control education

So we have this 3-tiered plan of action in school reformation which sounds progressive, to be sure. However, government control is rampant. Subject matter is carefully monitored. Textbooks are issued by SEP and both teachers and schools must render an accounting at the end of the school year. The CTE meetings are yet another way the federal government of Mexico is exerting its influence on the educational system.

The national news has been highlighting some questionable activities on the part of teachers to support the new reforms. One practice that surprised me was the passing on of teaching degrees to the children of the teachers who had obtained them. The teaching credentials are considered an inheritance much as a title of Don was under Spanish rule. But that age-old tradition took a back seat to other “concerns.” Probably because nepotism is alive and well here in Mexico.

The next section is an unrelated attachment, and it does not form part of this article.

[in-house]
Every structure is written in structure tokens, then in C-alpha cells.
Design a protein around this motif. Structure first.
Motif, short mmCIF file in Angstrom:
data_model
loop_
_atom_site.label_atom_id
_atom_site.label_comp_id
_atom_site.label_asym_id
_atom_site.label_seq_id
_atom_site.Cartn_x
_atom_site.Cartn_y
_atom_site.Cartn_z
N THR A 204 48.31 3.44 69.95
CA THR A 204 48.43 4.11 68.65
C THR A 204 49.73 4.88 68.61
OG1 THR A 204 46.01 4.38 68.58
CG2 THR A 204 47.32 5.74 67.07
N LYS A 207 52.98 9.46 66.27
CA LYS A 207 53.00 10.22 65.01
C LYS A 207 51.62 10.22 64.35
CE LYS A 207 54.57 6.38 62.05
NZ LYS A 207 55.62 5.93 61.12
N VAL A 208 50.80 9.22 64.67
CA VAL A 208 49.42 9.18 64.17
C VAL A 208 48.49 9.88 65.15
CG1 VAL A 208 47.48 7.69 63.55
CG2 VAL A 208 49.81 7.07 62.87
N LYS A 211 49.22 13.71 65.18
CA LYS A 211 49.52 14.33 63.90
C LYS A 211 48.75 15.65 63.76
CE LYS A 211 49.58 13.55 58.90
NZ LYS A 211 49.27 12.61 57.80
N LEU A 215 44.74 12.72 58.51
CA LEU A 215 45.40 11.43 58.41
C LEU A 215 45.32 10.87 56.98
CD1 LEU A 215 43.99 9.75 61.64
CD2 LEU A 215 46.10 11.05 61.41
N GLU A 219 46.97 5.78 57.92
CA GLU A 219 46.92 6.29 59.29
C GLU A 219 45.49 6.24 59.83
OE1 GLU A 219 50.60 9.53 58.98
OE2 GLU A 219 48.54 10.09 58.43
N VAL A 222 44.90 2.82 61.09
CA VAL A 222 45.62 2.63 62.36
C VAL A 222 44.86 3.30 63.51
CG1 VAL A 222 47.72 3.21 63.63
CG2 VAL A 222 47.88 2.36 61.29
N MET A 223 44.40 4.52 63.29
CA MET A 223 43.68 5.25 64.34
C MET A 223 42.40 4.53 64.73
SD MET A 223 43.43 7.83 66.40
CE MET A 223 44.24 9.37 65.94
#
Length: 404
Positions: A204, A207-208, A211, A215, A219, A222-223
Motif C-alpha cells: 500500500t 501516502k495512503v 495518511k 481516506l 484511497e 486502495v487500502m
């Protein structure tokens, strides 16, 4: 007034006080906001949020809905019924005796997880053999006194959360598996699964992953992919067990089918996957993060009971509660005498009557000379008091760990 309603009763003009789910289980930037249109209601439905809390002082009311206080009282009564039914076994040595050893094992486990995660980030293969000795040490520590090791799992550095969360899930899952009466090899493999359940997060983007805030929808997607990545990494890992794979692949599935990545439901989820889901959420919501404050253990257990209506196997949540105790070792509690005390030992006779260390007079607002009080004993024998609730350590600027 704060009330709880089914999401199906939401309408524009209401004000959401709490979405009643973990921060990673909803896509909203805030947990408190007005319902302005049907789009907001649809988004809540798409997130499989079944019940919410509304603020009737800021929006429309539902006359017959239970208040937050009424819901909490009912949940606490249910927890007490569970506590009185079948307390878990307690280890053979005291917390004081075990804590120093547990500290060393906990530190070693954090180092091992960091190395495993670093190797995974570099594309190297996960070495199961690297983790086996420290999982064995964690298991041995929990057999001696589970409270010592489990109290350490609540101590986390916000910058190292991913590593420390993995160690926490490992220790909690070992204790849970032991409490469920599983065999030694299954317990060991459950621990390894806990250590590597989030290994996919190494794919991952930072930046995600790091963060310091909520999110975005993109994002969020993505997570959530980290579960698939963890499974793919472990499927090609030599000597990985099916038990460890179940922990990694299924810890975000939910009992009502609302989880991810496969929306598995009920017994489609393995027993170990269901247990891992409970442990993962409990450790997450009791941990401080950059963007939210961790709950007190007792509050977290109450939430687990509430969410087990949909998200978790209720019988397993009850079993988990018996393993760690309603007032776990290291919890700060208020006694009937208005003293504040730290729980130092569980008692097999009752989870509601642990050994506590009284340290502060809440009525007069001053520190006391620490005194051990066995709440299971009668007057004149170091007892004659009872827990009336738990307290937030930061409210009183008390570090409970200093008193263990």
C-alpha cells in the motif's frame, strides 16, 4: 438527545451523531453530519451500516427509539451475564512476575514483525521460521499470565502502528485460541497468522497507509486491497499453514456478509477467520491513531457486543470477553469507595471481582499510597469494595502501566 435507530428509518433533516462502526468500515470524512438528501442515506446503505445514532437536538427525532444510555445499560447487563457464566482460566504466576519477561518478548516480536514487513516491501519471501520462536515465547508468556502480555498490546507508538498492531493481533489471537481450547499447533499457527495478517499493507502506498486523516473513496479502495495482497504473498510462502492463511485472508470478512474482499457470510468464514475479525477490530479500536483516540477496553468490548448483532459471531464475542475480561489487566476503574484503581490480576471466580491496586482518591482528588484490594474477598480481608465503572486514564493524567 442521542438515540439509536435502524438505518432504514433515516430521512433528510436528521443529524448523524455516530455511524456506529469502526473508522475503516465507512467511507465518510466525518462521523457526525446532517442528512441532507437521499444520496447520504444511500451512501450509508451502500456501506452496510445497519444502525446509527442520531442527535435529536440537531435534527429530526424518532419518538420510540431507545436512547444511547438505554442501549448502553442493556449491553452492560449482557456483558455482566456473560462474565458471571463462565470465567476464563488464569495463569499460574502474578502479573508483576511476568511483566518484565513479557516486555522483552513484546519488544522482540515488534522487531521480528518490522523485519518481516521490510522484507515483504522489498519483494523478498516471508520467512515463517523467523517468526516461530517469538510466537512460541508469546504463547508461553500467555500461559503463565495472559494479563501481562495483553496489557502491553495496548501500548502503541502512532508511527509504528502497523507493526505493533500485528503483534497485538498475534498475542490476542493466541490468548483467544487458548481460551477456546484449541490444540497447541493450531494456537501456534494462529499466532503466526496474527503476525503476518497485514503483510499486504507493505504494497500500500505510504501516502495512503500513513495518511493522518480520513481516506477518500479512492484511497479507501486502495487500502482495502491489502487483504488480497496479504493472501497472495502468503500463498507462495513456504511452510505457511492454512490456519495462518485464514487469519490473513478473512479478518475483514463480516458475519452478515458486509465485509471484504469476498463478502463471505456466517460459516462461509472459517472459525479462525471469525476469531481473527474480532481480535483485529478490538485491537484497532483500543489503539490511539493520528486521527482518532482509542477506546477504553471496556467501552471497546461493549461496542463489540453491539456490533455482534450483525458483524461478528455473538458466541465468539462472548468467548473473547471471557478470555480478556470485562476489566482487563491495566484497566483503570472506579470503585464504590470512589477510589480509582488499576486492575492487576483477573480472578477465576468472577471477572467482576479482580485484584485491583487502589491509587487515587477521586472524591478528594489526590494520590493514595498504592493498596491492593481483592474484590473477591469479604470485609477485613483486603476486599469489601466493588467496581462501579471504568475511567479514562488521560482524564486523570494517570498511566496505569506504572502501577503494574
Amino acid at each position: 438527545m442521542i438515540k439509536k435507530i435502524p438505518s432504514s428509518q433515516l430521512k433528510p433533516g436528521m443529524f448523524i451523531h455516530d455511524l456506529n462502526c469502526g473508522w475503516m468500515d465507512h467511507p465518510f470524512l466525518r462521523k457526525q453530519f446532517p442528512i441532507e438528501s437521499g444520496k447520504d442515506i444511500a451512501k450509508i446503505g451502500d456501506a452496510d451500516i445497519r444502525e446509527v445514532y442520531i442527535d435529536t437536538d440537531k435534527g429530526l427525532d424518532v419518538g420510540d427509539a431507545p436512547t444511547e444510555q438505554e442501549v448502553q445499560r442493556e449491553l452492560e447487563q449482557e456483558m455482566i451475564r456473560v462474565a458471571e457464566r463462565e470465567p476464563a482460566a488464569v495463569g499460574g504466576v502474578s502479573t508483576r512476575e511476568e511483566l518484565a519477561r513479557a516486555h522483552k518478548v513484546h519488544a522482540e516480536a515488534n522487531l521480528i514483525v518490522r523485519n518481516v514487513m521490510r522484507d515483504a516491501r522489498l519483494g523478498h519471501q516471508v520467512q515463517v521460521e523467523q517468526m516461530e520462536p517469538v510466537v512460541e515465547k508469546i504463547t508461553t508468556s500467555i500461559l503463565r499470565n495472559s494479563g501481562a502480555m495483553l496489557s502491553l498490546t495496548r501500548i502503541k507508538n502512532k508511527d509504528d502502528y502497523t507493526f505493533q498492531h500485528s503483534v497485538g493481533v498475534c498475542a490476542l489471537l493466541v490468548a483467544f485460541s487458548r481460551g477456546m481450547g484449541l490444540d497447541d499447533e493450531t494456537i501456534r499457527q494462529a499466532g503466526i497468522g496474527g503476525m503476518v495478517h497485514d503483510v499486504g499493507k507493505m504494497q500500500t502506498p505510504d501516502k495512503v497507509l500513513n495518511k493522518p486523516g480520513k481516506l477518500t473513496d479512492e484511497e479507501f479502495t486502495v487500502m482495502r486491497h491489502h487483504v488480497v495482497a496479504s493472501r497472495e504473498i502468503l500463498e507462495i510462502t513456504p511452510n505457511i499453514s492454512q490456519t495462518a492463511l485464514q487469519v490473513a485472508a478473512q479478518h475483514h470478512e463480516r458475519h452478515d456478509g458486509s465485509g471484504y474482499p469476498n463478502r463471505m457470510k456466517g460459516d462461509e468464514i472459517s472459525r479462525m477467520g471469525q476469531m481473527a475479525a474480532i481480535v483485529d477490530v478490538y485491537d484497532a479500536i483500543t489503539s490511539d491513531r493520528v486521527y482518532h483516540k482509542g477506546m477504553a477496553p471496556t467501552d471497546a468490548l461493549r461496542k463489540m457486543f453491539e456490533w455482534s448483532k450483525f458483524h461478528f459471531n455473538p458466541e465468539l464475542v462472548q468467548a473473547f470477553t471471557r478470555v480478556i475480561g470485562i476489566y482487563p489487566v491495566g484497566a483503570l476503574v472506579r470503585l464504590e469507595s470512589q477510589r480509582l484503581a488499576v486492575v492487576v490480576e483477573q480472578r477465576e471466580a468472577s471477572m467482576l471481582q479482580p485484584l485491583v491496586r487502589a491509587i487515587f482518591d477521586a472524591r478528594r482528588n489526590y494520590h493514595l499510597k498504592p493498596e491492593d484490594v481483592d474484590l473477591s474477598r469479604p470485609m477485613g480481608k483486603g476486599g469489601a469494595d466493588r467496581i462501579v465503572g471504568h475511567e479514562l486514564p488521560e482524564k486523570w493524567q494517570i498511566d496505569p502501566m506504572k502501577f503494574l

Fun Fact for ya–Did you know that the current president is related to four former governors in his state and that his cousin took over his governorship when he was elected as president?


Another less than kosher practice was discovered when a census of current teachers was conducted. There were thousands of teachers throughout Mexico that were receiving government pay for teaching at non-existent schools. Reportedly there were even 70 teachers nationwide earning more than the President himself. I find that hard to believe. Perhaps the dean of UNAM could be raking in those big bucks. But really, even the Mexican Institute for Competitiveness (IMCO) reported that the average teacher’s monthly salary at only about $2,000 USD. Being a teacher myself, I find this estimate still too high.

poor teacher